I'd been selling original art for a number of years, but I wasn't earning enough money from my creations to support myself... so I decided that peddling reproductions was worth at least a try. My initial investment totaled $2,700 for 1,500 prints. Cardboard (for packaging) and shipping costs brought my expenses up to about $3,000 ... but, fortunately, my stockpile of artwork sold well and I was able to recoup that expenditure within only two months.
I wasn't quite satisfied, however. I wanted complete independence, but I was still—for the most part—living the big-city life... working full time at IBM and part time on my bootstrap enterprise. Then one day I read a Dear Mother letter by an artist named Richard von Hoorn, who recounted the story of his successful mailbox-print endeavor in a rural Connecticut town... and I became inspired to take my business back to the land.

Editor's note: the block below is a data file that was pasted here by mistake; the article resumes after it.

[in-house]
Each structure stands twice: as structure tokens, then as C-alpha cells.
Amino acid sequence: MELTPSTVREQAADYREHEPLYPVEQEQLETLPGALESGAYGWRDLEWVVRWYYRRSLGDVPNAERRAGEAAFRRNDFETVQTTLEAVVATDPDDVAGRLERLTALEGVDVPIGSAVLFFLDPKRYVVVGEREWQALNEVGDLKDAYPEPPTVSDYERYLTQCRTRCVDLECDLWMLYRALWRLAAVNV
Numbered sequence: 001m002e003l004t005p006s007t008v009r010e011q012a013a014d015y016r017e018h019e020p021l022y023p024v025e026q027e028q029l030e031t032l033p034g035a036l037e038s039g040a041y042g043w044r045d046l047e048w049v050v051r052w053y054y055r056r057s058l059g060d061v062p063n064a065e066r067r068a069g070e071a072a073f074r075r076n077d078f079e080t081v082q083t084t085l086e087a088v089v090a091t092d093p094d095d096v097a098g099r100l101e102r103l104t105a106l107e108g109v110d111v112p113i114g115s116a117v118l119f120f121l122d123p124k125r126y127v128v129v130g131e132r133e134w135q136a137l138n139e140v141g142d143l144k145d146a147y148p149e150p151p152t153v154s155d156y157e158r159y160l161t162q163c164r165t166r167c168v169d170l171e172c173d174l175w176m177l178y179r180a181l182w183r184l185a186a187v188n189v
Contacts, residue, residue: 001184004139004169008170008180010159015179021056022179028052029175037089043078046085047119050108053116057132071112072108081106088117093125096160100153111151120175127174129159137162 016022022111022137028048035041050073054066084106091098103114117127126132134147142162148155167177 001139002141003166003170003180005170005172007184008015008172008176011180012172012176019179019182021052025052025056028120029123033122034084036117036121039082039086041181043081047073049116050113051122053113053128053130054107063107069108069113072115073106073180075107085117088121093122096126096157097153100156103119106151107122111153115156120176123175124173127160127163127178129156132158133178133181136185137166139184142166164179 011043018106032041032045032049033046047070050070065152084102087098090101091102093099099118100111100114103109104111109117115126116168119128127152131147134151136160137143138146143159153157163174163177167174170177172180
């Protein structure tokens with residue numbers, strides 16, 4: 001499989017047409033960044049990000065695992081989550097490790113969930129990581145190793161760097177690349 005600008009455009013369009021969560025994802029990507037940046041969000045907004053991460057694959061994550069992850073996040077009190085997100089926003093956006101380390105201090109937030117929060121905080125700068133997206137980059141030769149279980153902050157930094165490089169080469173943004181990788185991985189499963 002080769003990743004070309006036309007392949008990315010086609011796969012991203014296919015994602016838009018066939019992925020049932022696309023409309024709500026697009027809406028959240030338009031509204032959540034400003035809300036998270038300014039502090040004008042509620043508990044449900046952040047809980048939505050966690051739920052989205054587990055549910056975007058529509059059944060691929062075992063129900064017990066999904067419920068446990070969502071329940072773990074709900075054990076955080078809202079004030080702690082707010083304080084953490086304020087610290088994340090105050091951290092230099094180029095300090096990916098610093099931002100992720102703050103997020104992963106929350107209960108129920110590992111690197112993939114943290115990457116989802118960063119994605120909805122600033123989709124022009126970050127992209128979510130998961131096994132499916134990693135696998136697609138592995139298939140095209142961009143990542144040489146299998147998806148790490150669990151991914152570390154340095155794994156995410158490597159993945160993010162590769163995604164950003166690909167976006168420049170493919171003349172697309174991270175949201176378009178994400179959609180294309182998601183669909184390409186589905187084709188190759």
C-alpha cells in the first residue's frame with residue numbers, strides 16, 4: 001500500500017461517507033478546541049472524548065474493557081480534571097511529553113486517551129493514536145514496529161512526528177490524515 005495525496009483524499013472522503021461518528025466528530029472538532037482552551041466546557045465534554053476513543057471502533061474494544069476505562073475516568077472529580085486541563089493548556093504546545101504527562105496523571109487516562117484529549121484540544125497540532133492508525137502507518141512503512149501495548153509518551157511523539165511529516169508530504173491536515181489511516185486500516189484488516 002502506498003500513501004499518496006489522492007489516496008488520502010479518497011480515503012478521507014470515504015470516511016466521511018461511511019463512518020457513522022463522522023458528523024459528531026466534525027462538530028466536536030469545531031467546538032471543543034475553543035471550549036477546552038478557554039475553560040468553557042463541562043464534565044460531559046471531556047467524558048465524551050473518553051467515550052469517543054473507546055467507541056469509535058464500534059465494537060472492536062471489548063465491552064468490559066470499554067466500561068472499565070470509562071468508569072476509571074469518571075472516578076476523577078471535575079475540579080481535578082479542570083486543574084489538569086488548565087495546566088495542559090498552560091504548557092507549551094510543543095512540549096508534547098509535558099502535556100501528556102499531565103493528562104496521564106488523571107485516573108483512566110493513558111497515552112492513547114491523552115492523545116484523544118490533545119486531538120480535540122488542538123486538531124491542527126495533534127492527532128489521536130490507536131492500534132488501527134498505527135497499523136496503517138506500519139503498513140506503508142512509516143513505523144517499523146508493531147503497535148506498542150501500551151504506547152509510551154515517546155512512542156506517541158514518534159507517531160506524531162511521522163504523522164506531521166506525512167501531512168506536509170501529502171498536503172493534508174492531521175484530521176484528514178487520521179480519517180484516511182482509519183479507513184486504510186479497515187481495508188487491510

I moved onto a 30-acre farmstead and set up my home-based operation. The market was extremely competitive, and I had my share of failures before learning "the tricks of the trade." But, after a while, I landed on my feet and gathered my hard-earned knowledge into a booklet entitled Survival Guidelines for Limited Edition Reproductions. This past year I reproduced two of my paintings ... printed in editions of 1,250 each. Eight hundred from each collection were numbered... and then priced (wholesale) at $12.50 apiece. The remaining two groups of 450 were signed but not numbered, and tagged at $10 a print.
Time will tell, of course, just how much of that particular inventory will sell... but to date my artistic activity has kept me busier than I'd sometimes care to be. In fact, I've been so preoccupied with my new career that the bugs have overtaken my garden, and a longed-for pond and waterwheel may never get out of the planning stage. Nevertheless, I somehow manage to postpone a full day's work each and every time THE MOTHER EARTH NEWS hits my mailbox!
APD Box 34
Slade, KY. 40376